Time Your Bathroom Breaks

A good habit to get into while travelling with incontinence is the practice of “timed voiding.” Times voiding is where you go to the bathroom, not necessarily when your bladder lets you know you have to, but on a schedule.

Use a bathroom whenever you have the chance. The National Institute on Aging says that when this is combined with things like biofeedback and pelvic floor exercises, you can help control urge and overflow incontinence

Insurance While Abroad

Purchasing travel insurance is a good practice whether you are travelling with incontinence or not. Travel insurance should include things like health, life, and disability coverage.

Stories abound of people going on vacation (especially to tropical destinations) and having to be admitted to the hospital for something minor, only to have it turn into some major (and a major hospital bill).

Activities to Fight Incontinence While Travelling

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The activities you should avoid if travelling with incontinence really come down to what kind of incontinence you have. Generally anything that jars your bladder or gastrointestinal system (anything physically strenuous) should be avoided while travelling.

A brisk half-an-hour walk every day, however, is good for your overall physical and mental well-being. Incorporating some pelvic floor exercises (aka kegels) into your daily routine is also a good idea.

Three sets of ten kegels per day (perhaps while doing something idle) can help improve your bladder control.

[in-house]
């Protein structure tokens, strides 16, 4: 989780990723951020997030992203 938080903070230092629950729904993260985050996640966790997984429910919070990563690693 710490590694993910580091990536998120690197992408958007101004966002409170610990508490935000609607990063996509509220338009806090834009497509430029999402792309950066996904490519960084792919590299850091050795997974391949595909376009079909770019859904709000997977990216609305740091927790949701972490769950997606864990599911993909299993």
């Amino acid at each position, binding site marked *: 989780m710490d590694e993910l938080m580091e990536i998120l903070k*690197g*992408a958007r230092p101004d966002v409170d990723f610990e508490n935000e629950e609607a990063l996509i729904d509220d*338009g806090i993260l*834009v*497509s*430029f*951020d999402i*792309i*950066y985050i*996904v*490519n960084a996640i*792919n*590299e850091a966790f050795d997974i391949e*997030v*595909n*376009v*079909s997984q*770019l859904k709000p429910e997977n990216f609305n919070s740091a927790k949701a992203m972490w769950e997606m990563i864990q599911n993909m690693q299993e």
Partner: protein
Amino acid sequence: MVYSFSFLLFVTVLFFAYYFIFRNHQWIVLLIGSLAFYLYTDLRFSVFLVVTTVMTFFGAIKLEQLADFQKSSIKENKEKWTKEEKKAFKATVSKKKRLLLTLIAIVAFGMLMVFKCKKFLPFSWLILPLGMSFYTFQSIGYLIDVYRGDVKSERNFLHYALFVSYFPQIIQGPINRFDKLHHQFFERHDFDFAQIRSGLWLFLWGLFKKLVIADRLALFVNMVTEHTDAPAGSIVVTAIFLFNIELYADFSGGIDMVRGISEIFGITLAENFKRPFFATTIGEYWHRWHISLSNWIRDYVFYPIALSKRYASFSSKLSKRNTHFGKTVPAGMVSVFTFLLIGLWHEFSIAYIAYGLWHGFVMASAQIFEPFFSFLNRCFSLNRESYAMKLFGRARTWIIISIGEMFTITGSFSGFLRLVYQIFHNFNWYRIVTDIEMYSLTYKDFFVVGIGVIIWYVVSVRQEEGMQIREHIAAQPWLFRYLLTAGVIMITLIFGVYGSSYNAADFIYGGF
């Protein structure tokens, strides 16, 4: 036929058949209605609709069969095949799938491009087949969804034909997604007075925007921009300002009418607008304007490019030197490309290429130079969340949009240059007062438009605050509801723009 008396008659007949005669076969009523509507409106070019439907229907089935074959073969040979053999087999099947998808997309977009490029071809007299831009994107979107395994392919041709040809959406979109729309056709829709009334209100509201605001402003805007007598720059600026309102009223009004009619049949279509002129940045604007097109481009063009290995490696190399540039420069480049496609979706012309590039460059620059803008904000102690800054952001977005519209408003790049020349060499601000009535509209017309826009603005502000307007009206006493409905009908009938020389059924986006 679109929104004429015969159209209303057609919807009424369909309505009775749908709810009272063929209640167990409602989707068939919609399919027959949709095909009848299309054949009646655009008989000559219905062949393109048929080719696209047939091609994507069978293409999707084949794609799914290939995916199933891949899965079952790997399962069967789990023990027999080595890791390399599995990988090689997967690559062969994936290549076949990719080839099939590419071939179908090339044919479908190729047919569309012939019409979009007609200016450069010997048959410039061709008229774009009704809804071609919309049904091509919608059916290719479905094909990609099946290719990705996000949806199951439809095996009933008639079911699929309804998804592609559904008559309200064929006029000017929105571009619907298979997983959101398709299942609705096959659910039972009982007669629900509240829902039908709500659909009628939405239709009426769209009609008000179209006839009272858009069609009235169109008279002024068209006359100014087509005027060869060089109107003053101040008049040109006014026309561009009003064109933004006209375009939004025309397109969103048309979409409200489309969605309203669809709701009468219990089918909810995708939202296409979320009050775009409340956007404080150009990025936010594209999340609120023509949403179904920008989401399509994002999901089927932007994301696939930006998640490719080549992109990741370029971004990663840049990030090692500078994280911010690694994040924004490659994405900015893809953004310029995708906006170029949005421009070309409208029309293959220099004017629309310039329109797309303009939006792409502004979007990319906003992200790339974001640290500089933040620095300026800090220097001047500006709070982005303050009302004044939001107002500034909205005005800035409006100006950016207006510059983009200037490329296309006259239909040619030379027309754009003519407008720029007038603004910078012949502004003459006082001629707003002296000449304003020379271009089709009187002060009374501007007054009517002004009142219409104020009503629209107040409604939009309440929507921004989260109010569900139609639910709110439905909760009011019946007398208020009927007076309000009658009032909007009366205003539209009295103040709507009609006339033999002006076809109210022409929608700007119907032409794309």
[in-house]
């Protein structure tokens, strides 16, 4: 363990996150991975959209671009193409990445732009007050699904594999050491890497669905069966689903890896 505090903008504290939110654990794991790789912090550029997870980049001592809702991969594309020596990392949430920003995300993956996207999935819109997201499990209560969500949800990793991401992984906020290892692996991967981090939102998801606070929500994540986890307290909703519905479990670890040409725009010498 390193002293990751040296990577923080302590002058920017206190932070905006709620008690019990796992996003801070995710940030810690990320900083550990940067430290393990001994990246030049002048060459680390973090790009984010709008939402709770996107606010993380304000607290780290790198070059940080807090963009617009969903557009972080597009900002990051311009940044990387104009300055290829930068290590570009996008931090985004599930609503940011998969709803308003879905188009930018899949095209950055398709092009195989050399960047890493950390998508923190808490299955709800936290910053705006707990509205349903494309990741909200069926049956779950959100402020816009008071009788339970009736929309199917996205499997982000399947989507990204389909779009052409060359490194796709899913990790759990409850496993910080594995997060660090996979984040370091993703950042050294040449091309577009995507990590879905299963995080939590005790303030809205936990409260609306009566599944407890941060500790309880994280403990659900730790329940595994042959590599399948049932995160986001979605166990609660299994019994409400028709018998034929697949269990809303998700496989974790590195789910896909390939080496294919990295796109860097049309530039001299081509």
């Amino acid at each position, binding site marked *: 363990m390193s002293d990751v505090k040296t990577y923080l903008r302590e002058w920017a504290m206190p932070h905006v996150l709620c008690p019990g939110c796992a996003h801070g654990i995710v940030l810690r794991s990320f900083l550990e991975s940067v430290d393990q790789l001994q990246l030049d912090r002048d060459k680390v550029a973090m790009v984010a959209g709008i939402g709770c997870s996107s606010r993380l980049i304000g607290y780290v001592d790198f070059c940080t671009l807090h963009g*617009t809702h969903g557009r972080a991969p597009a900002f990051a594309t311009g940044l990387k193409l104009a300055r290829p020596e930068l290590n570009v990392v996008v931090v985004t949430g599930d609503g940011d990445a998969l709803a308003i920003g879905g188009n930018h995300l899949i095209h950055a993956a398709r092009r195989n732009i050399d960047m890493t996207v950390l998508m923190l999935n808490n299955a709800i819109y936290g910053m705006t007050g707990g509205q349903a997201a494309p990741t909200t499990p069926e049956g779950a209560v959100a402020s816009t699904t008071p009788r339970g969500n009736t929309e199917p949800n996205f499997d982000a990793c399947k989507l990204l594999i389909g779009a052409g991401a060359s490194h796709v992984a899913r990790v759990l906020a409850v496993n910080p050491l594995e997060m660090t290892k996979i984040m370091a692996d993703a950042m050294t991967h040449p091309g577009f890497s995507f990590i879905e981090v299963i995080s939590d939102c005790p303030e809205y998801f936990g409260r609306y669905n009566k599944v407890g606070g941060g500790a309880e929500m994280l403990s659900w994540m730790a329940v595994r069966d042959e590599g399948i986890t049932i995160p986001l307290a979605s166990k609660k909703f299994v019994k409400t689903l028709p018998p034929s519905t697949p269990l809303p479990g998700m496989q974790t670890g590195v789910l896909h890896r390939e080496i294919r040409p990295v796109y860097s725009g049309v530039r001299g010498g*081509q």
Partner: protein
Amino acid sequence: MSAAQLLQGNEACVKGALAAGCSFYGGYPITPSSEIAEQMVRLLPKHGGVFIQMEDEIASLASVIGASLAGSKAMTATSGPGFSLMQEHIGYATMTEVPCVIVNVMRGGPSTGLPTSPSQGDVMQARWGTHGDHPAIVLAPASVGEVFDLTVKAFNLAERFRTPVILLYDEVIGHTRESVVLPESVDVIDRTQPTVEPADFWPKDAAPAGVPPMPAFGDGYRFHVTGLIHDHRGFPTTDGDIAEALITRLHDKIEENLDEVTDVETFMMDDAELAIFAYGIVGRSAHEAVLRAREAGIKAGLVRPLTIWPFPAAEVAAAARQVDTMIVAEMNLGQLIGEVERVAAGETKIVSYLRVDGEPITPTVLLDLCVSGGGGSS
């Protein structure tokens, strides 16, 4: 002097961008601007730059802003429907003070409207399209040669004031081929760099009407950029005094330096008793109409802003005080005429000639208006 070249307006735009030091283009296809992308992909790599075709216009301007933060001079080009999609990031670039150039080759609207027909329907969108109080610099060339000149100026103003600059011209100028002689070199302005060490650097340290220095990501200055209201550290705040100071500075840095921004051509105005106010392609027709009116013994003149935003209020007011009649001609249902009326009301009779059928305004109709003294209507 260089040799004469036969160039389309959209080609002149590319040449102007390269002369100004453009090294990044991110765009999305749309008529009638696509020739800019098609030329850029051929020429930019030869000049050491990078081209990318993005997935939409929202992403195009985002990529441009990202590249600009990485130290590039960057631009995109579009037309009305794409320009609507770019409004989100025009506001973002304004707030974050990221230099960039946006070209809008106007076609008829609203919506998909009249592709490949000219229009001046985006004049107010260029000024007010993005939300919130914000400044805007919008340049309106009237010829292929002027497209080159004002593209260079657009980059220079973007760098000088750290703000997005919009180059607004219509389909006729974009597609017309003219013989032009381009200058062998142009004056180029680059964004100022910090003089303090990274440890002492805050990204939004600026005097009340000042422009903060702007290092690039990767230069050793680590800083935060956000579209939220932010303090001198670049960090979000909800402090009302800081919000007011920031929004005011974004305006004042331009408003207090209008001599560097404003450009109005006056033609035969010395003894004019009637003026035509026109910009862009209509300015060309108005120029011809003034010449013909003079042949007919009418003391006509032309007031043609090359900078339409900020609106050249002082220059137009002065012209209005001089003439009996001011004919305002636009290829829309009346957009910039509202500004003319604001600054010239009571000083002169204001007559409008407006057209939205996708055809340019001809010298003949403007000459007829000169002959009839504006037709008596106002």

Foods to Avoid 

People have a tendency to throw caution and common sense to the wind while on vacation, eating and drinking whatever they like. But living with incontinence means avoiding certain foods and drinks.

Alcohol, caffeinated beverages, spicy foods, citrus fruits and juices, carbonated beverages, milk and milk products, sugar and honey, and artificial sweeteners can all exacerbate incontinence.

Get Your Medication in Order

Travelling with incontinence often means bringing along certain prescribed medications. Doctors can prescribe a number of over-the-counter medications to help control urinary urges.

While these “bladder relaxants” don’t cure an overactive bladder, they can help stimy the symptoms while you’re travelling.

What to do in Case of an Emergency

If you feel an emergency coming on, don’t panic, plan your response. Experiencing incontinence while travelling can seem even more inconvenient, given that you’re trying to relax.

The best approach to is handle the situation one step at a time. Ask yourself what incontinence product you need to remedy the situation. Go to that product. If you need to alert someone to the situation, don’t feel embarrassed, your comfort is more important.

The world should be for everyone to explore. Just because you live with incontinence issues does not mean that you should be unable to go the places you want to go, and see the things and people you want to see.

If you are in the process of planning a trip, or have already done so and want to know how to make your experience as enjoyable as possible, keep the above guide for travelling with incontinence in mind, and don’t let incontinence stop you from living your best life.